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Old July 26th, 2016, 06:27 PM   #901
hkskyline
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The Standard Excerpt
Aussie named as new M+ chief
July 21, 2016

An Australian art expert has been appointed executive director of the much-delayed flagship M+ Museum project in the future West Kowloon Cultural District.

Suhanya Raffel, deputy director of the Art Gallery of New South Wales, will take up the post on November 1, Chief Secretary Carrie Lam Cheng Yuet-ngor announced after the West Kowloon Cultural District Authority's board meeting yesterday.

Raffel will replace Lars Nittve, who quit in January due to frustrations over delays in developing the project.

"Ms Raffel is an expert in Asian contemporary art, and has over 30 years of professional experience in museum management. Her capable leadership, professionalism and vision inspire our confidence in the successful opening of a world-class M+ Museum in just three years' time," said Lam, who chairs the authority.

The M+, a vast new museum of 20th- and 21st-century culture, is expected to open by 2019 after completion in 2018 - two years later than planned - as the cultural hub saw frequent managerial changes, with Michael Lynch resigning last year.
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Old July 28th, 2016, 04:08 PM   #902
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Afternoon at West Kowloon, Hong Kong by johnlsl, on Flickr
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Old August 21st, 2016, 01:00 AM   #903
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Any info when are they starting work on the Park area?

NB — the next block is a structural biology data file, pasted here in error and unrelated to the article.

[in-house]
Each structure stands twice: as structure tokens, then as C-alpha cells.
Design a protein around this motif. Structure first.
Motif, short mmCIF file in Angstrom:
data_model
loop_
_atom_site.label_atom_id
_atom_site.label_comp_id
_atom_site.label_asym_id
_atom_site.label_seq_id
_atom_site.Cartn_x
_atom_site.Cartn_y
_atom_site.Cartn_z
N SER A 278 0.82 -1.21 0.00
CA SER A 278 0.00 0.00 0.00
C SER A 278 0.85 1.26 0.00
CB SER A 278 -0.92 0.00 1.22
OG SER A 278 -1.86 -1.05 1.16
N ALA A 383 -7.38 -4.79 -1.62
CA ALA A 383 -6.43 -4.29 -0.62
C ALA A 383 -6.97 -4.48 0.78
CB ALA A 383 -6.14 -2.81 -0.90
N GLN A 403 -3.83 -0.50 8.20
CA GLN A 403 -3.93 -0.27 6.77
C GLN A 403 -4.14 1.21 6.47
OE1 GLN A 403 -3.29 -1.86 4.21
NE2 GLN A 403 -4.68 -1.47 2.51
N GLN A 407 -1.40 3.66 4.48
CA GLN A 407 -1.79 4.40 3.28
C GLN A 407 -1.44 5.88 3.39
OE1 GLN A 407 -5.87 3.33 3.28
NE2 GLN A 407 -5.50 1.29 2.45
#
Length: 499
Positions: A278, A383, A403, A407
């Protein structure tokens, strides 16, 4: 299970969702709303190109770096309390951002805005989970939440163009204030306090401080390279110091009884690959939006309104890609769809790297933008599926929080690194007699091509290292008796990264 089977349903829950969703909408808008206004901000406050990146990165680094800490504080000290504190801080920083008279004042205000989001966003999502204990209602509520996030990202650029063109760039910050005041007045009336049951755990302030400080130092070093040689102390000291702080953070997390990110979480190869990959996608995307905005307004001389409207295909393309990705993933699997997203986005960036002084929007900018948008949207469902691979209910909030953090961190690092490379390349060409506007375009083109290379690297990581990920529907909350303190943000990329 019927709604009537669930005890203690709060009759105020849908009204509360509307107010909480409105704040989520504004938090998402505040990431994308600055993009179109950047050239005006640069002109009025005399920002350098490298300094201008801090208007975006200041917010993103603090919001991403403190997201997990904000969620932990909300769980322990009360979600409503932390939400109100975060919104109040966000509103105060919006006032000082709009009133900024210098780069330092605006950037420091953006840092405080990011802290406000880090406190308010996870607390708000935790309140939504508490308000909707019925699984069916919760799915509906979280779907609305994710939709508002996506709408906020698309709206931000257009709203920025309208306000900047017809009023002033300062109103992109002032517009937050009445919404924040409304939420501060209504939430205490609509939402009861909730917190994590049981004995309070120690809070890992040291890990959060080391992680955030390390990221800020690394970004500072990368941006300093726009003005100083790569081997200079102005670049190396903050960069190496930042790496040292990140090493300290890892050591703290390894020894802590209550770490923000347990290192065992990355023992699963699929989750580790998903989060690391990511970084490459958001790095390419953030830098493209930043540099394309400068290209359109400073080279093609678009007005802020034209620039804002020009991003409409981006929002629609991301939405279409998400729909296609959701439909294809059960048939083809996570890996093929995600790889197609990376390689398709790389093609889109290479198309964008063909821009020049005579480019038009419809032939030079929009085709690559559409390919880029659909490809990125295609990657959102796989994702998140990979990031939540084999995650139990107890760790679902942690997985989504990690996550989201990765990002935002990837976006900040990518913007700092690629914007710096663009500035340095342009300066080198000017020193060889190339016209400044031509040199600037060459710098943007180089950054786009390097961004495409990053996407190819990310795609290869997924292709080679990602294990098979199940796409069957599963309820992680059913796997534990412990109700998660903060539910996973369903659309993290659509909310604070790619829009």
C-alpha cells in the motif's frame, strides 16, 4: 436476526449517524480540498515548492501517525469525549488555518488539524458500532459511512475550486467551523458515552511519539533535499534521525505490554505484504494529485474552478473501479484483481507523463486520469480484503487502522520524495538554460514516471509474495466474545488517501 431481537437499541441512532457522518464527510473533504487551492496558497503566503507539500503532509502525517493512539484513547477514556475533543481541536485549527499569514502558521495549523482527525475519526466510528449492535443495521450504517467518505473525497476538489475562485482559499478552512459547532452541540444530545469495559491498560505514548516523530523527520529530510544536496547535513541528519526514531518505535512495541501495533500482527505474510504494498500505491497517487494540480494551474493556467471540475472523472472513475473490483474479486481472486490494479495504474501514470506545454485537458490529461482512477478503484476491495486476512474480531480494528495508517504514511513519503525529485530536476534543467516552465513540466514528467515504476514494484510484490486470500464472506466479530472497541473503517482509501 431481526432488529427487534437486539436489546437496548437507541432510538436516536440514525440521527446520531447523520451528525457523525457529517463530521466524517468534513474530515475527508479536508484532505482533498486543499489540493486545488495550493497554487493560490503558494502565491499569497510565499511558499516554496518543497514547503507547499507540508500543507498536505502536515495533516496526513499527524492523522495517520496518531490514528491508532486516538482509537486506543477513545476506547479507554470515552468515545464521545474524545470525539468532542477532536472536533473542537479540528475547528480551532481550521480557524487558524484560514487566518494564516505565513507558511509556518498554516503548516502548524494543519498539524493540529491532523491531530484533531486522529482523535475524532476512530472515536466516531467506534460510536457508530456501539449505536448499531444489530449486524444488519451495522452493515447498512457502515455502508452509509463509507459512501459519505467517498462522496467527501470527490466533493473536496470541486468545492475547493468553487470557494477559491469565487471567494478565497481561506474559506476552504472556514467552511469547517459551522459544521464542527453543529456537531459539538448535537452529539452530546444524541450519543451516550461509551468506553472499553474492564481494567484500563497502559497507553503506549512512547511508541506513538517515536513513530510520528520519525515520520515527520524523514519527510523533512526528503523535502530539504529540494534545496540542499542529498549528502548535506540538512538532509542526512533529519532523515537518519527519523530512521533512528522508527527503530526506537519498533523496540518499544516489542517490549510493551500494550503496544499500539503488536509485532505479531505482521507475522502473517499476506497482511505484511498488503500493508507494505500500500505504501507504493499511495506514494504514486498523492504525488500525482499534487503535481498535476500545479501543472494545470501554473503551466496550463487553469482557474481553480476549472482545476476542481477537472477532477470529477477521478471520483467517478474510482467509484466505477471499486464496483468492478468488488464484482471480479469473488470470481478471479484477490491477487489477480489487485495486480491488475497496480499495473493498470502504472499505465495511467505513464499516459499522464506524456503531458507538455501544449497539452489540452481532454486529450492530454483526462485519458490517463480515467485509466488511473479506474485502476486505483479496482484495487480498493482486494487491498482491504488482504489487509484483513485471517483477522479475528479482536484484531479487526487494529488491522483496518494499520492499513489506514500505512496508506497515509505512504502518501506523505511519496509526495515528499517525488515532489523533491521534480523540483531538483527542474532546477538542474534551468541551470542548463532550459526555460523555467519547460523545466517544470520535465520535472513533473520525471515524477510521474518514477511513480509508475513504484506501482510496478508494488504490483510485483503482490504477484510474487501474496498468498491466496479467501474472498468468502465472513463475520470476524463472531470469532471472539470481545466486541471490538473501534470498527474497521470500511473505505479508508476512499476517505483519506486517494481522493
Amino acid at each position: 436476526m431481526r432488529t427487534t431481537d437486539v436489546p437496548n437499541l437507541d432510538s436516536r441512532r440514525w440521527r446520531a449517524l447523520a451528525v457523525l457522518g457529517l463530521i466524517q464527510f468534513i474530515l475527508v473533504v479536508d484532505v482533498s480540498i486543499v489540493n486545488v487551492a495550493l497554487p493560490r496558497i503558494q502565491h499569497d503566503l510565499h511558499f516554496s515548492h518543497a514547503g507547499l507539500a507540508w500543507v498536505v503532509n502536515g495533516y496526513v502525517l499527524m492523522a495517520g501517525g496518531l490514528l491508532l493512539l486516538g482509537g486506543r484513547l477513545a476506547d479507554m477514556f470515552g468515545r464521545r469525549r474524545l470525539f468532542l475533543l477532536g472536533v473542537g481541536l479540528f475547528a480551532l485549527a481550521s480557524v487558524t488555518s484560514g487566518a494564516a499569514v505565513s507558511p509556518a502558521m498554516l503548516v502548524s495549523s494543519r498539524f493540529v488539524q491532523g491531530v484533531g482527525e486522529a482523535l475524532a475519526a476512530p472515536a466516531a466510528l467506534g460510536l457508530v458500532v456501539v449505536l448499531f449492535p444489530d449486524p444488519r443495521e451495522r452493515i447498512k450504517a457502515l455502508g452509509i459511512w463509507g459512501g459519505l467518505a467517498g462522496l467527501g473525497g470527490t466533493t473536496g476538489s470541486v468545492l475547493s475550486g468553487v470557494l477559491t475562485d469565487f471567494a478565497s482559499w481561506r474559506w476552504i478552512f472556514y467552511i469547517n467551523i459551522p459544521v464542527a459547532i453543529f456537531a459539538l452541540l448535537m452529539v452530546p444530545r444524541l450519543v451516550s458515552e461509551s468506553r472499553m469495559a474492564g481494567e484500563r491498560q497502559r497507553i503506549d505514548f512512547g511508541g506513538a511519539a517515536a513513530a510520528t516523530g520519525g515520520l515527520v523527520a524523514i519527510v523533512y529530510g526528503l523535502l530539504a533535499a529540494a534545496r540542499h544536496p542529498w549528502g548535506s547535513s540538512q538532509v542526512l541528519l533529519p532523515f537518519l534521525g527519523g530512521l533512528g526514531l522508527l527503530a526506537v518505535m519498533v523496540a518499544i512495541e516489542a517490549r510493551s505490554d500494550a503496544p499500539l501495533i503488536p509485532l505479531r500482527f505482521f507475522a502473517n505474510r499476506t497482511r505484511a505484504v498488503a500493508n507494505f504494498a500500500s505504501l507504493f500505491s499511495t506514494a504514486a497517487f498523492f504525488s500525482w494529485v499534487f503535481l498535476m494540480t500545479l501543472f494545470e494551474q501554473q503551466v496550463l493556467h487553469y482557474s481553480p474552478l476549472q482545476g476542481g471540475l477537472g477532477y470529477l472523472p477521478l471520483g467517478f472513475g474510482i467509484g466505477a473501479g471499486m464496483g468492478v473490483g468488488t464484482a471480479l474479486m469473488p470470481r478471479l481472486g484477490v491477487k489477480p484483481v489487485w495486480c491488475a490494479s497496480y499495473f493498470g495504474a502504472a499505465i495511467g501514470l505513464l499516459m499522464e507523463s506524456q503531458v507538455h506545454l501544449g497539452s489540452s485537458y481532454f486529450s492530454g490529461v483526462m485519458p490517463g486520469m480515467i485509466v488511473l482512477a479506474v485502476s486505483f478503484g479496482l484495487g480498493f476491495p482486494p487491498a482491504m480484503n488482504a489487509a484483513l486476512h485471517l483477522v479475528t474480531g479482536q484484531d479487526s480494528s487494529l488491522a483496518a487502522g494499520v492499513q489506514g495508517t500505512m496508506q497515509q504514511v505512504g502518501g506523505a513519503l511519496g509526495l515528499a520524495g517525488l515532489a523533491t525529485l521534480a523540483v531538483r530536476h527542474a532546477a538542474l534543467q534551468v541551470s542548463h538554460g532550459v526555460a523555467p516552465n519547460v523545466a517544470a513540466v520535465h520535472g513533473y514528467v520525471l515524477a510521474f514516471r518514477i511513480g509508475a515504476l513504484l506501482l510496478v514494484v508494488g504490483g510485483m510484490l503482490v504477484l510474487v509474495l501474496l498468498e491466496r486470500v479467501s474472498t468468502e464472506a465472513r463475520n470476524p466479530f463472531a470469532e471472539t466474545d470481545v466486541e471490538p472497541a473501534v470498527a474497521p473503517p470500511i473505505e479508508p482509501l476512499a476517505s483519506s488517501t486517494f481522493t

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Old August 30th, 2016, 04:02 PM   #904
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Museum to get landmark sign
The Standard Excerpt
August 30, 2016

Dangerous and disused neon signs have been offered a new home at the M+ Museum to be opened in the West Kowloon Cultural District in 2019.

The latest addition is the 30-year-old fish-shaped neon sign of Law Fu Kee Congee and Noodle Expert at Lyndhurst Terrace, which was removed yesterday.

Law Cheuk-lam, the original shop owner, created the sign in the early 1970s. The fish outline had a light blue background with the letters in red and soon became one of the landmarks in Central.

"You couldn't miss the neon fish when descending on the Central-Mid- Levels escalator," said Albert Law Kam-keo, son and the current owner of Law Fu Kee.

The sign is 150 by 410 by 45 centimeters with a head heavier than the tail. It required extra support that, the Buildings Department said, posed a danger to passersby. A notice from the department urged Law Fu Kee to remove the sign before the end of 2016.

M+ believes neon signs articulate a language of Hong Kong through its symbols, signs and texts. To preserve this disappearing culture, it started to collect signs for the museum's opening in 2019.